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Warning on counterfeit meds
[Posted: Thu 18/09/2008 by Niall Hunter, Editor www.irishhealth.com]
Continued vigilance is required to minimise the risk of counterfeit medicines being supplied in Ireland, according to the Irish Pharmaceutical Healthcare Association (IPHA).
The IPHA, in a statement, said to date, this country has had very few incidences of counterfeit drugs attempting to enter the legitimate supply chain.
Counterfeit medicines, according to the IPHA, are any brand or generic medicines and active pharmaceutical ingredients that are deliberately and fraudulently mislabelled by unauthorised parties with respect to source, and/or composition and therapeutic efficacy.
They include products without active ingredients or with the wrong or insufficient active ingredients, or with fake packaging.
The World Health Organisation estimates that up to 10% of the medicines in the global medicine supply chain are counterfeit. In addition, over 60% of medicines purchased on the internet are estimated to be fake or substandard.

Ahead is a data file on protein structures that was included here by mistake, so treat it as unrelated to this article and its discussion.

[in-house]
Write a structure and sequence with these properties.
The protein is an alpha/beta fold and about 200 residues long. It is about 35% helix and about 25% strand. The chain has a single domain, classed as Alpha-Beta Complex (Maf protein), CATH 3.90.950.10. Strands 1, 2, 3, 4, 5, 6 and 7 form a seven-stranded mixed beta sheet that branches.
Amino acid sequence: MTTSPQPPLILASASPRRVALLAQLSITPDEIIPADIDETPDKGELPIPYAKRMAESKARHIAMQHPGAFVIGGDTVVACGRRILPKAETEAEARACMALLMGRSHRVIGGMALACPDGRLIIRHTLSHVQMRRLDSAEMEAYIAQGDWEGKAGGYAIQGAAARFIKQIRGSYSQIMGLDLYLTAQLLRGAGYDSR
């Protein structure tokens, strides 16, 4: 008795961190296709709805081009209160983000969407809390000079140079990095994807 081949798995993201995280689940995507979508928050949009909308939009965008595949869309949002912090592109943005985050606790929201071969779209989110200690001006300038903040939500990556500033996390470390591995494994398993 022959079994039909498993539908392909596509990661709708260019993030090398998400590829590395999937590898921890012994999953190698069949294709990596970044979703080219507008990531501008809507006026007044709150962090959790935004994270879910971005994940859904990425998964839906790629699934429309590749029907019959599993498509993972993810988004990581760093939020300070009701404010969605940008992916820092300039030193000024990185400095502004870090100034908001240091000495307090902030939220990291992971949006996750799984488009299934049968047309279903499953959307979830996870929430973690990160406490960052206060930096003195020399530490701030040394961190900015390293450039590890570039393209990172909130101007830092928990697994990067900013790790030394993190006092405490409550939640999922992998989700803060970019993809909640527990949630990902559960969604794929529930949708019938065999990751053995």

More than four million counterfeit medicines were seized at Europe's borders in 2007; a 51% increase on the previous year.
The IPHA has stressed that patients should purchase prescription medicines through authorised distribution channels only.
It says the European pharmaceutical industry recently proposed a track and trace system to enhance product security.
Draft counterfeit medicines legislation from the European Commission includes measures such as increased good manufactuing practice inspections, the use of tamper-evident packaging a ban on repackaging of medicines.
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